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- The Supreme Court in a 6-3 decision overturned Roe v. Wade, the landmark ruling that established the constitutional right to abortion.
- Roe since 1973 had permitted abortions during the first two trimesters of pregnancy in the United States.
- Almost half the states are expected to outlaw or severely restrict abortion as a result of the Supreme Court’s decision on a Mississippi case known as Dobbs v. Jackson Women’s Health Organization.
- Justice Samuel Alito wrote the majority opinion. The court’s other five conservatives, including Chief Justice John Roberts, joined in the judgment, which was opposed by the three liberal justices.
BREAKING: US Supreme Court overturns Roe v. Wade in historic ruling
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WASHINGTON (LifeSiteNews) – The United States Supreme Court finally issued its ruling in Dobbs v. Jackson Women’s Health Organization Monday, upholding Mississippi’s 15-week abortion ban on a 6-3 vote, explicitly overturning Roe v. Wade on a 5-4 vote, and delivering the pro-life cause its most transformative victory since Roe unleashed nationwide abortion-on-demand in 1973.
Justice Samuel Alito delivered the opinion of the Court, which was joined by Justices Clarence Thomas, Neil Gorsuch, Brett Kavanaugh, and Amy Coney Barrett. The ruling declares Roe “egregiously wrong from the start.”
“Its reasoning was exceptionally weak, and the decision has had damaging consequences,” Alito wrote. “The Constitution makes no reference to abortion, and no such right is implicitly protected by any constitutional provision.”
“It is time to heed the Constitution and return the issue of abortion to the people’s elected representatives,” Alito continued.
Chief Justice John Roberts wrote a concurring opinion stating that he would not have overturned Roe but would have left the Mississippi ban in place. The Court’s three Democratic appointees dissented.
The long-awaited ruling was teased in early May when Politico published a leaked draft of Alito’s opinion, which sent shockwaves across the political spectrum, with pro-lifers tentatively rejoicing, pro-abortion politicians and activists lashing out in anger, many speculating that the leak may have been intended to pressure judges to flip their votes (or to incite hatred and threats against them), and all parties wondering if it was the final decision or subject to change.
That the final decision to overturn Roe held firm despite months of left-wing pressure reflects a majority of the justices’ commitment to the principle articulated in May by conservative Justice Clarence Thomas, that “we can’t be an institution that can be bullied into giving you just the outcomes you want.”
The ruling holds massive ramifications, both immediate and long-term. More than twenty states currently have laws on the books that would effectively ban abortion within their borders upon Roe’s fall, from pre-Roe abortion bans that went unenforced to “trigger laws” designed not to take effect until a ruling like today’s. In those states, abortion is now illegal.
Another fifteen states plus the District of Columbia have laws on the books legally protecting abortion, three of which explicitly codify the practice as a “right.” For now, abortion will remain legal in those jurisdictions, as well as the remaining states that have not spelled out abortion’s status one way or another, but without Roe state residents now have the power to vote on the issue for themselves, or lobby their elected representatives to change the law in either direction. Pro-lifers in Congress can now pursue a nationwide abortion ban, as well.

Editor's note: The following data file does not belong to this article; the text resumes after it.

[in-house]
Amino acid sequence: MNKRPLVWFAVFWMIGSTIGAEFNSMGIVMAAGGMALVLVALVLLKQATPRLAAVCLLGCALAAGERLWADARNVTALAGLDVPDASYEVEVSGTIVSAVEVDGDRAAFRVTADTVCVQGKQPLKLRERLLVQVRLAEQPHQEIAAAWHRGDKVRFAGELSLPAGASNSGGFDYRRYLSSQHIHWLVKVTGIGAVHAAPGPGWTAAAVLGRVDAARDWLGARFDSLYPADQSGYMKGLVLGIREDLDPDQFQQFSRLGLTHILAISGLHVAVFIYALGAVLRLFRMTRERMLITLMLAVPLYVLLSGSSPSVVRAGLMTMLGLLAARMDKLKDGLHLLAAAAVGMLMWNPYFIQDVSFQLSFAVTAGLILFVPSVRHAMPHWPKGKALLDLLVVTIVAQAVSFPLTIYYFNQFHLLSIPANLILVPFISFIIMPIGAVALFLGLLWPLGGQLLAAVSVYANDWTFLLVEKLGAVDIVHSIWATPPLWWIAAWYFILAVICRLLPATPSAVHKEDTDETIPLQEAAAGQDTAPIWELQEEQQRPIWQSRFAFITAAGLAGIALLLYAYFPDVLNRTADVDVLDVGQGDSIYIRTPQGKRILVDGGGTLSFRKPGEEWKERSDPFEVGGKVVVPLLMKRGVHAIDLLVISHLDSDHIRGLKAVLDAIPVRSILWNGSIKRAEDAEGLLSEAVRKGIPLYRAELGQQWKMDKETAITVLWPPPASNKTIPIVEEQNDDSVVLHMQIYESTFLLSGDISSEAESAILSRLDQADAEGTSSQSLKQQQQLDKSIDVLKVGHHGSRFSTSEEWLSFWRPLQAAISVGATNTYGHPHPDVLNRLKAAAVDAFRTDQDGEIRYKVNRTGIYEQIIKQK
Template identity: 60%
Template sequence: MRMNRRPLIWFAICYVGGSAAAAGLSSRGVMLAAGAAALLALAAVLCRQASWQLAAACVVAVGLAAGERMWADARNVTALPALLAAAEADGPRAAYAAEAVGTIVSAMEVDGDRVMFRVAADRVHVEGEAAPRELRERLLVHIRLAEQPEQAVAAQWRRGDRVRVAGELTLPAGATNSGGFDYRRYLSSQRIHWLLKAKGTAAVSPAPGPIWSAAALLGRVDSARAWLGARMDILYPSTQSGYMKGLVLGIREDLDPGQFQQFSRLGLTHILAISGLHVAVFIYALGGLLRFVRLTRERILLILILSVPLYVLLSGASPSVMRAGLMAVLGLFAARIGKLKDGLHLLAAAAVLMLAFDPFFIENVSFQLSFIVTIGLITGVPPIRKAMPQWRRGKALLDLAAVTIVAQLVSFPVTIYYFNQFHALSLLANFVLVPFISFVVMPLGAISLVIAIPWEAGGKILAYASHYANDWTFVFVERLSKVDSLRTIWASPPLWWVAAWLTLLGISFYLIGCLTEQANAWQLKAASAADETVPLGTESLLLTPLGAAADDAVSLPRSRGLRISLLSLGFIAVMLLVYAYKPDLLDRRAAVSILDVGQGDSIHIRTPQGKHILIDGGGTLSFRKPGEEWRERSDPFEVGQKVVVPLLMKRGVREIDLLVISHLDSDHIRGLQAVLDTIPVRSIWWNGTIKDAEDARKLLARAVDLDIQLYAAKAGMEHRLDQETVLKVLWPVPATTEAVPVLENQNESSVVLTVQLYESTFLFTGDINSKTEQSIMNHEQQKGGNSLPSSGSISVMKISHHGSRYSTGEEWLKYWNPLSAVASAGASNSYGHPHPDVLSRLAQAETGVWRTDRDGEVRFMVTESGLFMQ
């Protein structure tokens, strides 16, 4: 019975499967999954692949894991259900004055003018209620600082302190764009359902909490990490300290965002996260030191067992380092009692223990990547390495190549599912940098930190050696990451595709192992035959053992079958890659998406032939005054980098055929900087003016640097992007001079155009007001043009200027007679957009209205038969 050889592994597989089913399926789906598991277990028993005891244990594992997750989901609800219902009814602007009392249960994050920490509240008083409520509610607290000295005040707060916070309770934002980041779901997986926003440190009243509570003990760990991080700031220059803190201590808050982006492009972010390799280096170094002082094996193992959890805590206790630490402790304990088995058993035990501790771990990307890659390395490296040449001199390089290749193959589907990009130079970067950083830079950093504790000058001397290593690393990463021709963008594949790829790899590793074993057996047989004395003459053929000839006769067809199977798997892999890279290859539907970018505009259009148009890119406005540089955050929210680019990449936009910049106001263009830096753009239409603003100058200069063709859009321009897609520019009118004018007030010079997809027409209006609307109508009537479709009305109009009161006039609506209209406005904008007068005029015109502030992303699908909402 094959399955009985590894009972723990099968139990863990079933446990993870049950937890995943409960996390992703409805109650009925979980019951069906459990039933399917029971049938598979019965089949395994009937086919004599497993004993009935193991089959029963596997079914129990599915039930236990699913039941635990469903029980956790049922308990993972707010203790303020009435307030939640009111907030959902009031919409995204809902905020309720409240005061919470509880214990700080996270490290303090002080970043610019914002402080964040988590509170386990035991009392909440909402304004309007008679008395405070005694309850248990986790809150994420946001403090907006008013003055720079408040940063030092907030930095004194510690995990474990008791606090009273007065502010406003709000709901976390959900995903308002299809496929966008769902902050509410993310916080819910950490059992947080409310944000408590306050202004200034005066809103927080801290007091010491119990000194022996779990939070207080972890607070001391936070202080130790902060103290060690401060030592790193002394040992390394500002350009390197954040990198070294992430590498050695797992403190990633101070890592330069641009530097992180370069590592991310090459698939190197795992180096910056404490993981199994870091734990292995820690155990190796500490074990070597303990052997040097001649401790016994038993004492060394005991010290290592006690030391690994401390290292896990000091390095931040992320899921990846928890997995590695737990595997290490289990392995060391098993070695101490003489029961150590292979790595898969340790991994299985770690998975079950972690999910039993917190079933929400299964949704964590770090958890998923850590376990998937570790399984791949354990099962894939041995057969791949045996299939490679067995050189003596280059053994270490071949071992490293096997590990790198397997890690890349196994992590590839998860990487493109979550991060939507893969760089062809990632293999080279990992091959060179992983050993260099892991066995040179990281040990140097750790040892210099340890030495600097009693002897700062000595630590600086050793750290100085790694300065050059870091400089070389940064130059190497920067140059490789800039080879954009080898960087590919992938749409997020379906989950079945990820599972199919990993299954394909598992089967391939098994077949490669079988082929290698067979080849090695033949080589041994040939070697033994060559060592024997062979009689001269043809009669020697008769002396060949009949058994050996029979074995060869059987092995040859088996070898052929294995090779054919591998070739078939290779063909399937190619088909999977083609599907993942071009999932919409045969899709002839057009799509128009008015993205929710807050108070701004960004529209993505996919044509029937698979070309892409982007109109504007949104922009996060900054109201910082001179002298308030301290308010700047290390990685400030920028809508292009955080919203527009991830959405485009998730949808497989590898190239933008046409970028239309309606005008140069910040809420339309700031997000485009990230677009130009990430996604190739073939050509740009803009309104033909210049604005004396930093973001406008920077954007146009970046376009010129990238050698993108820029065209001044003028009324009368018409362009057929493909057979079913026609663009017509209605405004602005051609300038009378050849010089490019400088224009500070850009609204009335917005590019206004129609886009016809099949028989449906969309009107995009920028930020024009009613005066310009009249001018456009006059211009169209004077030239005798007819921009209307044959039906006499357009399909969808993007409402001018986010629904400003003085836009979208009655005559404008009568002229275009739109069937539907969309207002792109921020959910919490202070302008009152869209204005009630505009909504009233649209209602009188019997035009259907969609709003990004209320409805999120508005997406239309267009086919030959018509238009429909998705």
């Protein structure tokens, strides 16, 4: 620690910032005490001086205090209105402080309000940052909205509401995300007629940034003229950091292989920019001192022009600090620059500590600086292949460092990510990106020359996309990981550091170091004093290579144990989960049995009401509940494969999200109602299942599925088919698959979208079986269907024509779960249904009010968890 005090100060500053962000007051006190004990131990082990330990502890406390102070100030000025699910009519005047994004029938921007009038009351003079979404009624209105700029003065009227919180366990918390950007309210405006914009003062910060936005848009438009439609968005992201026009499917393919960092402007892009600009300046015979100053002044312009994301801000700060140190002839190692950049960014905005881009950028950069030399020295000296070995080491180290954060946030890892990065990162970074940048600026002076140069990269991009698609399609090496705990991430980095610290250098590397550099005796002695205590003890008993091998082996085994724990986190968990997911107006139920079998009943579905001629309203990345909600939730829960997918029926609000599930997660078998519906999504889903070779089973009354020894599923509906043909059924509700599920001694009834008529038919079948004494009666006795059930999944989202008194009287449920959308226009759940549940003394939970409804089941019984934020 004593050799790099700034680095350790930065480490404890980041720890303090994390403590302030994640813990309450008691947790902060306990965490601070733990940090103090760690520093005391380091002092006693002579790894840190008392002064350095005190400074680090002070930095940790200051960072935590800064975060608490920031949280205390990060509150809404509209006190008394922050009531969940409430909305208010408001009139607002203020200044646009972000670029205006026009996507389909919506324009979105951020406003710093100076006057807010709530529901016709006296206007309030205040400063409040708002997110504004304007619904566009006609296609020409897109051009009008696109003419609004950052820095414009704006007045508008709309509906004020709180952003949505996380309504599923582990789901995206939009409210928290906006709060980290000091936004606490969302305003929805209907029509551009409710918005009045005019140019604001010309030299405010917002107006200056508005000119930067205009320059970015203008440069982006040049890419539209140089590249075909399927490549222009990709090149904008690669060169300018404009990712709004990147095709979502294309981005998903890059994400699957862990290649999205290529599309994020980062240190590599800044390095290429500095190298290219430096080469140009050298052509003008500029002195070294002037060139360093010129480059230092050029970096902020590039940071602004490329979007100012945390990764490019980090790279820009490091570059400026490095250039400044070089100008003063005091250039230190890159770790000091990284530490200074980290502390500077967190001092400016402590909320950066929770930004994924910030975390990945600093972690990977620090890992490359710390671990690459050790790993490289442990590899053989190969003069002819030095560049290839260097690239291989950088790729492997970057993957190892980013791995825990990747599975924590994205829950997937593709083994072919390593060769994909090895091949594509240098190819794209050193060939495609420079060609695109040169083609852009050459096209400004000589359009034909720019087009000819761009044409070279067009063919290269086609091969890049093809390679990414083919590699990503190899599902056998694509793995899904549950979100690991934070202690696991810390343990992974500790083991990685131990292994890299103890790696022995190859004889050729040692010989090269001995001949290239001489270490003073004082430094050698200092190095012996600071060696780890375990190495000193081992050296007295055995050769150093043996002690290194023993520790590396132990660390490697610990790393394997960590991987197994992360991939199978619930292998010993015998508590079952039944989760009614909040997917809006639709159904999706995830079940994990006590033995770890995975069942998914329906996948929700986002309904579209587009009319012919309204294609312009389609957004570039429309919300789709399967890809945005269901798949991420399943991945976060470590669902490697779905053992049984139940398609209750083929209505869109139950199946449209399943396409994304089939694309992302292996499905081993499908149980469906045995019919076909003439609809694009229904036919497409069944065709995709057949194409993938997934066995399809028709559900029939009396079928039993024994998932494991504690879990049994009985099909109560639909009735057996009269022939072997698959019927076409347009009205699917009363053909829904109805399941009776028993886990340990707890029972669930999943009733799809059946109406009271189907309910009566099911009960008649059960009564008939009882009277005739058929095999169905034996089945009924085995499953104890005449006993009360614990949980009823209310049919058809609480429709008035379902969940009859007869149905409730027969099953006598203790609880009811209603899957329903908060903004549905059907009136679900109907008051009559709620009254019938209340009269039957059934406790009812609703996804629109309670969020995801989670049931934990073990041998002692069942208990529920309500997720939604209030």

New York Times:
The decision, eliminating the constitutional right to an abortion after almost 50 years, will lead to all but total bans on the procedure in about half of the states.
WASHINGTON — The Supreme Court on Friday overruled Roe v. Wade, eliminating the constitutional right to abortion after almost 50 years in a decision that will transform American life, reshape the nation’s politics and lead to all but total bans on the procedure in about half of the states.
The ruling will test the legitimacy of the court and vindicate a decades-long Republican project of installing conservative justices prepared to reject the precedent, which had been repeatedly reaffirmed by earlier courts. It will also be one of the signal legacies of President Donald J. Trump, who vowed to name justices who would overrule Roe. All three of his appointees were in the majority in the 6-to-3 ruling.
The decision, which echoed a leaked draft opinion published by Politico in early May, will result in a starkly divided country in which abortion is severely restricted or forbidden in many red states but remains freely available in most blue ones.
Chief Justice John G. Roberts Jr. voted with the majority but said he would have taken “a more measured course,” stopping short of overruling Roe outright. The court’s three liberal members dissented.
The case, Dobbs v. Jackson Women’s Health Organization, No. 19-1392, concerned a law enacted in 2018 by the Republican-dominated Mississippi Legislature that banned abortions if “the probable gestational age of the unborn human” was determined to be more than 15 weeks. The statute, a calculated challenge to Roe, included narrow exceptions for medical emergencies or “a severe fetal abnormality.”